Recently Blogged about the American Bar Association (ABA) Hours of Delegates voting to approve model rules requiring that attorneys complete one hour of substance abuse and mental health education every 3 years. Many attorneys work to a large extent by themselves and unlike many other professions can have very little support group to help them with the daily stresses of life.
When Lawyers are having problems with Stress & Substance Abuse, not only are they getting hurt, so are their clients. In some cases, not being able to perform the duties owed their clients can cost their clients more than just money. It may cost the client their freedom.
An example of what can go wrong is Akron Bar Assn. v. Bednarski
Attorney Bednarski’s problems also became her client’s problems. From the decision of Akron Bar Assn v Benarkski here are a couple of actual examples:
1. When David Jones Jr. retained Bednarski to represent him in an appeal of a criminal conviction and paid her a flat fee of $1,500. Bednarski did not maintain a client trust account, did not enter a written fee agreement with Jones, and did not notify him in writing that if she did not complete the representation he may be entitled to a refund of all or part of the fee. She also failed to have Jones sign an acknowledgment that she did not carry professional liability insurance. After entering an appearance in the appeal and requesting an extension of time for filing the brief, Bednarski did not respond to Jones’s numerous attempts to contact her. She also failed to file a brief on Jones’s behalf, and the appeal was dismissed for lack of prosecution. Consequently, the stay of Jones’s sentence pending appeal was lifted and he was ordered to report to the adult parole authority to commence his sentence.
2. Kacee Rae Moser retained Bednarski to defend her against a felony charge and a subsequent misdemeanor charge for conduct that allegedly occurred while she was released on bond to house arrest. Moser paid Bednarski $1,360 for the representation, but there was no written fee agreement. Bednarski did not have a client trust account and did not carry professional liability insurance. Nor did she have Moser sign a notice that she may be entitled to a refund of all or part of the fee if Bednarski failed to complete the representation. Bednarski successfully defended the misdemeanor charge, but due to a breakdown in communication before a jury trial on the felony charge, she informed Moser that she was preparing a motion to withdraw from the case. Although Moser’s new counsel entered an appearance in the case, Bednarski never moved the court to permit her to withdraw from the representation.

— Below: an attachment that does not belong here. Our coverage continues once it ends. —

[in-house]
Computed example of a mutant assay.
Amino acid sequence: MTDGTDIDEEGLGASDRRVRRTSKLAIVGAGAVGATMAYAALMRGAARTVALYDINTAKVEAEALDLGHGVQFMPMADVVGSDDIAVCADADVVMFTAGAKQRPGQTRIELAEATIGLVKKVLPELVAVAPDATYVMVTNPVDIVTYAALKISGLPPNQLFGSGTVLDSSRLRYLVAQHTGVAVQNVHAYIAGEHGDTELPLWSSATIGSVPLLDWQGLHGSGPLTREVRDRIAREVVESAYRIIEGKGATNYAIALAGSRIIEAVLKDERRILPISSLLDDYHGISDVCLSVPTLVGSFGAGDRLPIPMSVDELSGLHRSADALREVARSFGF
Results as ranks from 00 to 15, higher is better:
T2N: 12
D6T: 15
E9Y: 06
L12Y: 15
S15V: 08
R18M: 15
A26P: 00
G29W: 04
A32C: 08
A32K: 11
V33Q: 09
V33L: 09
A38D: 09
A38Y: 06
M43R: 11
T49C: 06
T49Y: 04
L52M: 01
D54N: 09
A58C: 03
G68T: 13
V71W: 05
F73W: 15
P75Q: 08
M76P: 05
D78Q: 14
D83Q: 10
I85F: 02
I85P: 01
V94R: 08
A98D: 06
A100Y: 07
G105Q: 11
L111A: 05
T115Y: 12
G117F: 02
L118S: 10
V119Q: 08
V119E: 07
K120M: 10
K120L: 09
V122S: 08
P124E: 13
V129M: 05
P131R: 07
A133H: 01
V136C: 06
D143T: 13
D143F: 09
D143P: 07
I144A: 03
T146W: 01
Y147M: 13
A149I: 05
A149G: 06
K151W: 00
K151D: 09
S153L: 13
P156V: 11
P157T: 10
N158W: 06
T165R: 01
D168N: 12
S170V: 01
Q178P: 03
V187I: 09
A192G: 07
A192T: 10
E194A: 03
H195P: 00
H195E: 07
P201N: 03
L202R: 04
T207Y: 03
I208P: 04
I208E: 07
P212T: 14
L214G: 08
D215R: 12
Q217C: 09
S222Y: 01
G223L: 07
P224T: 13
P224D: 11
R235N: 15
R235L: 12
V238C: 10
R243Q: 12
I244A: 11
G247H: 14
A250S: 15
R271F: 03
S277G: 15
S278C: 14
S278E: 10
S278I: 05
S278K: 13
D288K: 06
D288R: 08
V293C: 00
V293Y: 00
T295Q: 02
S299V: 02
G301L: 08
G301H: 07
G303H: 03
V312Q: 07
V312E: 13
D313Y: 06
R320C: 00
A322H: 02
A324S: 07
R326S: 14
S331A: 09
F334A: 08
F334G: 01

Attorney Bednarski’s downward spiral began after her divorce from her husband who was also her law partner. Her bank closed her trust account. Because she was no longer making enough money to support herself, her utilities in her house which was also her office were shut off. She began to live in her car and/or with friends and did not always receive her mail. Bednaski also admitted that she had begun drinking heavily prior to her divorce, drinking at 4 or 5 drinks a day. She continued her heaving drinking up until 2015 when she was hospitalized for pancreatitis.
Even after all of this she has failed to get professional help for the drinking problem. Attorney Benaski was suspended for 2 years by the Ohio Supreme court.
In Ohio, an attorney is not required to carry Attorney Malpractice Insurance. But at the initial engagement the attorney is required to inform the client whether the attorney does have Lawyers Professional Liability Insurance. Not properly disclosing this will likely result in a suspension of the attorney for a period of time.
Many attorney malpractice claims stem in one way or another from stress or substance abuse. Some of the most serious problems morph into multiple claims with disciplinary actions, suspensions and/or disbarment. So if you or you know of an attorney that has a depression problem make sure that you or they get the help needed.